1873

Season 1873

The accounts in the early spring were very cheering. On the 1st of April Black wrote to congratulate us on excellent prospects, not a bad bird had he seen since we left in September. There was a grand breeding stock, and he anticipated splendid shooting.

But it was not to be. On the 15th he writes reporting birds looking badly diseased, and on the 30th writes again that a third of the birds were dead.

It was sickening news, but there was hope yet, as a fair breeding stock was left, and the disease appeared to have spent itself, the birds nesting fairly well.

At the beginning of July disease again broke out, and with greater virulence, young and old birds falling before it; but David begged us to come, of course, in August and shoot down all we could, and so sweeten the ground for those that remained by stamping out all that was possible.

Disease prevailed over nearly all Scotland; amongst others, Glenmarkie was very bad. We did not put any birds on the table, and I sent none to my friends. What few good-looking birds there were went to London, and the scarcity through the country may be imagined when I say that they made 19 s. a brace.

Bag.Dalnawillan and Rumsdale.
Grouse 151 brace.
Sundries 24     "     

My chums were pretty miserable, and so was I. It was a bitter disappointment. No word from D. as to taking a gun for the next season, and in about a week or ten days they both went south. However, I had to make the best of it, and, leaving my family at Dalnawillan, I went into Sutherlandshire trout fishing for a fortnight with my son Douglas, and after that we all went home.

Caithness, in those days, was the worst mapped county in Great Britain. There was a good estate map of the Ulbster estates, and the maps were pretty reliable for a few miles from the coast. Sutherland, belonging mainly to one proprietor, was well mapped.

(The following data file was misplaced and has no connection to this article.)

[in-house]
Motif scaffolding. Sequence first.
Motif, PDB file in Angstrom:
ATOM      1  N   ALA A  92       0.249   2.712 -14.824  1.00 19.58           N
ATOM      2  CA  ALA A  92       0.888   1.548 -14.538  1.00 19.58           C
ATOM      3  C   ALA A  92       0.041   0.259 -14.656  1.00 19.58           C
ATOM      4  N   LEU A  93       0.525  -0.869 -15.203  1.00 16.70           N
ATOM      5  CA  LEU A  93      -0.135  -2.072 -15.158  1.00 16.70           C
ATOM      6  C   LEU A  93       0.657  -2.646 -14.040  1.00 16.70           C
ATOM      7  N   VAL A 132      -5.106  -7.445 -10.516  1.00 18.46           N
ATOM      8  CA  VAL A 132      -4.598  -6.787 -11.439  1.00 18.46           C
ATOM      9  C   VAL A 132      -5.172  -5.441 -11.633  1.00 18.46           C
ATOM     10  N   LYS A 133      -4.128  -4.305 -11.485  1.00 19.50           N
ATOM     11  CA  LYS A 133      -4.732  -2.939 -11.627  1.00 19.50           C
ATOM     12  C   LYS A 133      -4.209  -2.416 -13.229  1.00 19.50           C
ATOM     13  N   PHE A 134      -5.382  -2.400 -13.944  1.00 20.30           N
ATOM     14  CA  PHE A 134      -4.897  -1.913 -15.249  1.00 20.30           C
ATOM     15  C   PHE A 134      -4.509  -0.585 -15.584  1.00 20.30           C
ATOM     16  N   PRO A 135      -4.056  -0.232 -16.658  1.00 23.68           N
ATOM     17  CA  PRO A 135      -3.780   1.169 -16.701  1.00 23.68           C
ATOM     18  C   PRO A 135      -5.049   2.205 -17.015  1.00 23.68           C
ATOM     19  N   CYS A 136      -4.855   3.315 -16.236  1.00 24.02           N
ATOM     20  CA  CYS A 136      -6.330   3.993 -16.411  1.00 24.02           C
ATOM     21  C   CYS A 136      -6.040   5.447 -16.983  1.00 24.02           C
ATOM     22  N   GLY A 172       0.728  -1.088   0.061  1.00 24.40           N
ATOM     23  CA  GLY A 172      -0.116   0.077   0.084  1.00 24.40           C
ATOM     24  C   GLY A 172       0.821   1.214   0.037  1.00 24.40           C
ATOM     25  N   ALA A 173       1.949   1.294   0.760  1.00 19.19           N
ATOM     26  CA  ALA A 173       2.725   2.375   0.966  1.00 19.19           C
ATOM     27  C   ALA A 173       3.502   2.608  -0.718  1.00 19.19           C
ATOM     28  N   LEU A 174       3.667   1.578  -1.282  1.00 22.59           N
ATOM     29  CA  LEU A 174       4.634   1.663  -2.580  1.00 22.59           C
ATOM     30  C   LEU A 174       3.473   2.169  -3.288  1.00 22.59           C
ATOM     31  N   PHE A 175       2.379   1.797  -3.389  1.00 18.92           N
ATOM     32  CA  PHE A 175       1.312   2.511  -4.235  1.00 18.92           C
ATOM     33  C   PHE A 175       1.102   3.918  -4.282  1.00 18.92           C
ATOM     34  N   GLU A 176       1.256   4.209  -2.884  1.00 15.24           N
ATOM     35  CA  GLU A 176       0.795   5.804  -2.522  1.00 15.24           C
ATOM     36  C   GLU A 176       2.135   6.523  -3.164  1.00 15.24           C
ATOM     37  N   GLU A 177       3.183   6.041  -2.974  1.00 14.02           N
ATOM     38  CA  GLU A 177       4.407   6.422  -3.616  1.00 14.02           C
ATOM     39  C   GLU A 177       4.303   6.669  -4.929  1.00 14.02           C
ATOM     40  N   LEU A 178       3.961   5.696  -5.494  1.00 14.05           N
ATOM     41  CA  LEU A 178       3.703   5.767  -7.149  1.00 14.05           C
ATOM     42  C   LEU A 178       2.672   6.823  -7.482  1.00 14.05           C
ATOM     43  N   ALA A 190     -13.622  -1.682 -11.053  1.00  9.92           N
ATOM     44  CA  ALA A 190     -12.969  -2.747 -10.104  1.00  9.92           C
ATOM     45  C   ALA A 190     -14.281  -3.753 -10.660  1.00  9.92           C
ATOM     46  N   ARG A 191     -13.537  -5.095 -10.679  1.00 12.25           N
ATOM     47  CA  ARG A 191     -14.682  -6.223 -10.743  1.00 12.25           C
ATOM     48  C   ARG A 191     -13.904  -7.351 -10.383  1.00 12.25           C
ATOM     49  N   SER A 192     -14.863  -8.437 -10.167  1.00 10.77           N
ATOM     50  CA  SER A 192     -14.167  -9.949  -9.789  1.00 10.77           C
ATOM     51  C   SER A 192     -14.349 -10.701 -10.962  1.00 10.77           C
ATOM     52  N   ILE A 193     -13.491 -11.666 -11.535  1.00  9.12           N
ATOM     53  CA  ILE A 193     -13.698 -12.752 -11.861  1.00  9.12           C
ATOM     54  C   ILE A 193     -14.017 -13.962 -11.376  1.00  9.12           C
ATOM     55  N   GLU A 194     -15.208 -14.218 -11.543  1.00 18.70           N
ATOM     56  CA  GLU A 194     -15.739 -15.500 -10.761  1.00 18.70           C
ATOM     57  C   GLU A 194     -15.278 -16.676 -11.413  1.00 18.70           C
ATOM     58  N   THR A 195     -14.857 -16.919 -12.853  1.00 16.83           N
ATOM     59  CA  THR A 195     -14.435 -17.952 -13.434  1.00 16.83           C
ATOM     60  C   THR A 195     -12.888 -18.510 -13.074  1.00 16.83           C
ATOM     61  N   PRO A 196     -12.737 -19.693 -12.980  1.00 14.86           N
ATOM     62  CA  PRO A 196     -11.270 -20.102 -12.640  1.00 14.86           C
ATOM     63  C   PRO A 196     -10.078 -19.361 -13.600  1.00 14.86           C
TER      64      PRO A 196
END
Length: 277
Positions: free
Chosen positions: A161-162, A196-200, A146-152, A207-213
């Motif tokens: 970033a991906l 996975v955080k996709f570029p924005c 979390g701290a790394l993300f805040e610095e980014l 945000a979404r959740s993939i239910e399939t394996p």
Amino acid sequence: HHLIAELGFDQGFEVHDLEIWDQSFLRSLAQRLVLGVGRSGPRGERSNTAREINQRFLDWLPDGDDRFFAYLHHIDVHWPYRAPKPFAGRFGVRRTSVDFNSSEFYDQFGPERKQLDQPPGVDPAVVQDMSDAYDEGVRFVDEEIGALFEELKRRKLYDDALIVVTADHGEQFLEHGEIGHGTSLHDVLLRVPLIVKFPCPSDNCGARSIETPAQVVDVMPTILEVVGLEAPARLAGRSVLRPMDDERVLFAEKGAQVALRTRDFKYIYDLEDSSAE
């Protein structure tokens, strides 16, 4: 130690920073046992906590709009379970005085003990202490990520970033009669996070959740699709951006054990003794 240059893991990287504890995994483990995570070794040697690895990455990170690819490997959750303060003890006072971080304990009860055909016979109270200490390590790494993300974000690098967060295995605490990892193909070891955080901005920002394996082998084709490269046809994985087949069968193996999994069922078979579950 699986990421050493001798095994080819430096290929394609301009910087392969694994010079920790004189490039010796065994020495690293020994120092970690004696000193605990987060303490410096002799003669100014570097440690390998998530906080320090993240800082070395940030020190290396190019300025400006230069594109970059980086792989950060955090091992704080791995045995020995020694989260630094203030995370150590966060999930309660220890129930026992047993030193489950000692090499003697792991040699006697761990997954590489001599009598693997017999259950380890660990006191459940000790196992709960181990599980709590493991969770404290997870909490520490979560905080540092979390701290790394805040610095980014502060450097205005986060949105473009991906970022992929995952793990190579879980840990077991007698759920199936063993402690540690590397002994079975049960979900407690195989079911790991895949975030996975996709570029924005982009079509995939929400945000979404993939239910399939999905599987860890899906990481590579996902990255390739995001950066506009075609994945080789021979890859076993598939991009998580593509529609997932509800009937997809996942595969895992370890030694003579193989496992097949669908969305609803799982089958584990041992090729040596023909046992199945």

On Dalnawillan we had a loch—a long walk across very bad ground from the lodge—that held, both in size and quality, the best trout in Sutherland and Caithness, but not plentiful; the best I ever did was eighteen fish in a day, but eight of them weighed 9-1/4lb., the largest being 1-3/4lb., and that was the largest size they ever reached, and, generally, a day's fishing meant eight or ten, with the half of them the larger size. A predecessor of mine at Dalnawillan assured me that many were got up to 3lb. and 4lb.; it is marvellous the falsehoods men will commit themselves to as to size of fish—men perfectly reliable in other ways.

The gillies talked a good deal about a loch in Sutherland, not far off our march, where the fish were nearly as large and good, and very free to rise. That sounded very nice, and needed to be experimented, and my son Douglas and I said we would take it on our way into Sutherlandshire.

In those days the lochs of Sutherlandshire were free to the angler, and for some years the Duke made it a condition in letting shootings that it should be so, and as the bulk of the lochs were difficult of access, and anglers few, there was no friction; and in the summer months there were generally two or three rod men stopping at Auchentoul Inn, on the Helmsdale Strath.